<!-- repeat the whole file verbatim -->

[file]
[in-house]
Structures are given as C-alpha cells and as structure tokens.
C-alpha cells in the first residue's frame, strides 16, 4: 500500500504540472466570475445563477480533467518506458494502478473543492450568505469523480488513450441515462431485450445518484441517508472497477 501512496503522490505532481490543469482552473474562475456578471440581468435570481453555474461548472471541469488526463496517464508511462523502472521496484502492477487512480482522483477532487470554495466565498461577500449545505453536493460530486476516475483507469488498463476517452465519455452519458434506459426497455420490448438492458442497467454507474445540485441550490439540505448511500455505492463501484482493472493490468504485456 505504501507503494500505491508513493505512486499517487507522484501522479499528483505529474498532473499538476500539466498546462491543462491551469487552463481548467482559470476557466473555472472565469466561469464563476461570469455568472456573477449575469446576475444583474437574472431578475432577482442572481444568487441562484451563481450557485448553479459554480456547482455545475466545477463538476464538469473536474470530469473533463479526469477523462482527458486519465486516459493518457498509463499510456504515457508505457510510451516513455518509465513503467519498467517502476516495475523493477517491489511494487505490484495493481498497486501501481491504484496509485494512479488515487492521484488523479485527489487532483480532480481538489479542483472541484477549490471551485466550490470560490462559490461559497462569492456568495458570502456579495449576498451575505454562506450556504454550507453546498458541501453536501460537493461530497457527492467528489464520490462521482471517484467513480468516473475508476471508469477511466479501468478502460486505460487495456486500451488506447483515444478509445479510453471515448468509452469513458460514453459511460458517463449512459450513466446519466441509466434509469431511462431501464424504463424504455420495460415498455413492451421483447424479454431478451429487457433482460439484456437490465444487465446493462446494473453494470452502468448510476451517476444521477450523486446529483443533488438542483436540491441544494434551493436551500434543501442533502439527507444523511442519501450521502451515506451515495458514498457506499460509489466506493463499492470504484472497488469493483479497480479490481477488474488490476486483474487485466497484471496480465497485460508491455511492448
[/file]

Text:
[in-house]
Structures are given as C-alpha cells and as structure tokens.
C-alpha cells in the first residue's frame, strides 16, 4: 500500500504540472466570475445563477480533467518506458494502478473543492450568505469523480488513450441515462431485450445518484441517508472497477 501512496503522490505532481490543469482552473474562475456578471440581468435570481453555474461548472471541469488526463496517464508511462523502472521496484502492477487512480482522483477532487470554495466565498461577500449545505453536493460530486476516475483507469488498463476517452465519455452519458434506459426497455420490448438492458442497467454507474445540485441550490439540505448511500455505492463501484482493472493490468504485456 505504501507503494500505491508513493505512486499517487507522484501522479499528483505529474498532473499538476500539466498546462491543462491551469487552463481548467482559470476557466473555472472565469466561469464563476461570469455568472456573477449575469446576475444583474437574472431578475432577482442572481444568487441562484451563481450557485448553479459554480456547482455545475466545477463538476464538469473536474470530469473533463479526469477523462482527458486519465486516459493518457498509463499510456504515457508505457510510451516513455518509465513503467519498467517502476516495475523493477517491489511494487505490484495493481498497486501501481491504484496509485494512479488515487492521484488523479485527489487532483480532480481538489479542483472541484477549490471551485466550490470560490462559490461559497462569492456568495458570502456579495449576498451575505454562506450556504454550507453546498458541501453536501460537493461530497457527492467528489464520490462521482471517484467513480468516473475508476471508469477511466479501468478502460486505460487495456486500451488506447483515444478509445479510453471515448468509452469513458460514453459511460458517463449512459450513466446519466441509466434509469431511462431501464424504463424504455420495460415498455413492451421483447424479454431478451429487457433482460439484456437490465444487465446493462446494473453494470452502468448510476451517476444521477450523486446529483443533488438542483436540491441544494434551493436551500434543501442533502439527507444523511442519501450521502451515506451515495458514498457506499460509489466506493463499492470504484472497488469493483479497480479490481477488474488490476486483474487485466497484471496480465497485460508491455511492448